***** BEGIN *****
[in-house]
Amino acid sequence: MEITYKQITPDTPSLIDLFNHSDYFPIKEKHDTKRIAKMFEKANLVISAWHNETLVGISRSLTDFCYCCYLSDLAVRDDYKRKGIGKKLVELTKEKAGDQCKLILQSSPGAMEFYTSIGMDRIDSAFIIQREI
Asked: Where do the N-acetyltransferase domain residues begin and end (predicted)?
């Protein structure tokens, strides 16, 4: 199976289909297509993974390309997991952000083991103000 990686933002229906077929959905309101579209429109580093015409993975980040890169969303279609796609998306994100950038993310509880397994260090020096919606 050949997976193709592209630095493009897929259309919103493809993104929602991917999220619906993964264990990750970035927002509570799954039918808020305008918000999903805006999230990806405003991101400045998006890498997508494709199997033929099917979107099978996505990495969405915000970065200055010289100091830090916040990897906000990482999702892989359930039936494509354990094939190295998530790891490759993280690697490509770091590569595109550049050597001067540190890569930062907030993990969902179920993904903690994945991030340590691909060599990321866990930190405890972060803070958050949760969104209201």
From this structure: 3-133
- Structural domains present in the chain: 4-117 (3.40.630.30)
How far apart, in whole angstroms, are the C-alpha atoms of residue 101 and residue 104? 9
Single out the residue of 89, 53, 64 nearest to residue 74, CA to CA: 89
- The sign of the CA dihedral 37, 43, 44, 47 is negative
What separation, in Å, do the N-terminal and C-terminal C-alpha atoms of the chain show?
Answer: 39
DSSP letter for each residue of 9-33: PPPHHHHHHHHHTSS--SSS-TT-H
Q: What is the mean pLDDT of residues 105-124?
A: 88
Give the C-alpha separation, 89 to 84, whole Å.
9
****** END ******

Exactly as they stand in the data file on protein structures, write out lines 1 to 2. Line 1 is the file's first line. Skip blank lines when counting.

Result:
[in-house]
Amino acid sequence: MEITYKQITPDTPSLIDLFNHSDYFPIKEKHDTKRIAKMFEKANLVISAWHNETLVGISRSLTDFCYCCYLSDLAVRDDYKRKGIGKKLVELTKEKAGDQCKLILQSSPGAMEFYTSIGMDRIDSAFIIQREI